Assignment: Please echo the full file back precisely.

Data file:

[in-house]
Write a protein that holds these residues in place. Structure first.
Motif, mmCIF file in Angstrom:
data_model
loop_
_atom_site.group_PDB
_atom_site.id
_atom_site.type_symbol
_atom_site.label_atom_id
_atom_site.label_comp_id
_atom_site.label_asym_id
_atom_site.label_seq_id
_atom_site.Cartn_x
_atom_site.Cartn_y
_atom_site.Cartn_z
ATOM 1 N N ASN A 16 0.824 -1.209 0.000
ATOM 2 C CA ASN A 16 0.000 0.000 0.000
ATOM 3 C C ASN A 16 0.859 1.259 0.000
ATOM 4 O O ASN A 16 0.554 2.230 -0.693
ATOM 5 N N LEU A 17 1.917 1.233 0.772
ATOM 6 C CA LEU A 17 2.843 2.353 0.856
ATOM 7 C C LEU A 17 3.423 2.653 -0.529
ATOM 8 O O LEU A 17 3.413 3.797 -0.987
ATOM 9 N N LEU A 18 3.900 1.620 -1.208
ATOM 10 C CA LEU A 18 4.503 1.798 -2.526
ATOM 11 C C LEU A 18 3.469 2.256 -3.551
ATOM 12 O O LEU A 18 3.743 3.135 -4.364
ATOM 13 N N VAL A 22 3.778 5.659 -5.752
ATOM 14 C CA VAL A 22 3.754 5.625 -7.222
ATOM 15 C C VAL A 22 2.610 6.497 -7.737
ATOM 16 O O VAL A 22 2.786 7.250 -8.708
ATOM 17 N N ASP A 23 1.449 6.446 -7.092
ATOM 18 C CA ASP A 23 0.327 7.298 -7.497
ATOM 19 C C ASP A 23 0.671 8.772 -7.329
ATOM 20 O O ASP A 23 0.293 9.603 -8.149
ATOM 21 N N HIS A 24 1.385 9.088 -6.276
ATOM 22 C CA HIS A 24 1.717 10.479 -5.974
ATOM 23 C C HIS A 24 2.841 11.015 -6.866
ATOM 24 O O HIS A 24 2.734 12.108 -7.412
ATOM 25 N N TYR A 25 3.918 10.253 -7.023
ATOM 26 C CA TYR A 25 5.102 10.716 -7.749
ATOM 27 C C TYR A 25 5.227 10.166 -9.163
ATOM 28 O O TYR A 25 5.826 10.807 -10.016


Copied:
[in-house]
Write a protein that holds these residues in place. Structure first.
Motif, mmCIF file in Angstrom:
data_model
loop_
_atom_site.group_PDB
_atom_site.id
_atom_site.type_symbol
_atom_site.label_atom_id
_atom_site.label_comp_id
_atom_site.label_asym_id
_atom_site.label_seq_id
_atom_site.Cartn_x
_atom_site.Cartn_y
_atom_site.Cartn_z
ATOM 1 N N ASN A 16 0.824 -1.209 0.000
ATOM 2 C CA ASN A 16 0.000 0.000 0.000
ATOM 3 C C ASN A 16 0.859 1.259 0.000
ATOM 4 O O ASN A 16 0.554 2.230 -0.693
ATOM 5 N N LEU A 17 1.917 1.233 0.772
ATOM 6 C CA LEU A 17 2.843 2.353 0.856
ATOM 7 C C LEU A 17 3.423 2.653 -0.529
ATOM 8 O O LEU A 17 3.413 3.797 -0.987
ATOM 9 N N LEU A 18 3.900 1.620 -1.208
ATOM 10 C CA LEU A 18 4.503 1.798 -2.526
ATOM 11 C C LEU A 18 3.469 2.256 -3.551
ATOM 12 O O LEU A 18 3.743 3.135 -4.364
ATOM 13 N N VAL A 22 3.778 5.659 -5.752
ATOM 14 C CA VAL A 22 3.754 5.625 -7.222
ATOM 15 C C VAL A 22 2.610 6.497 -7.737
ATOM 16 O O VAL A 22 2.786 7.250 -8.708
ATOM 17 N N ASP A 23 1.449 6.446 -7.092
ATOM 18 C CA ASP A 23 0.327 7.298 -7.497
ATOM 19 C C ASP A 23 0.671 8.772 -7.329
ATOM 20 O O ASP A 23 0.293 9.603 -8.149
ATOM 21 N N HIS A 24 1.385 9.088 -6.276
ATOM 22 C CA HIS A 24 1.717 10.479 -5.974
ATOM 23 C C HIS A 24 2.841 11.015 -6.866
ATOM 24 O O HIS A 24 2.734 12.108 -7.412
ATOM 25 N N TYR A 25 3.918 10.253 -7.023
ATOM 26 C CA TYR A 25 5.102 10.716 -7.749
ATOM 27 C C TYR A 25 5.227 10.166 -9.163
ATOM 28 O O TYR A 25 5.826 10.807 -10.016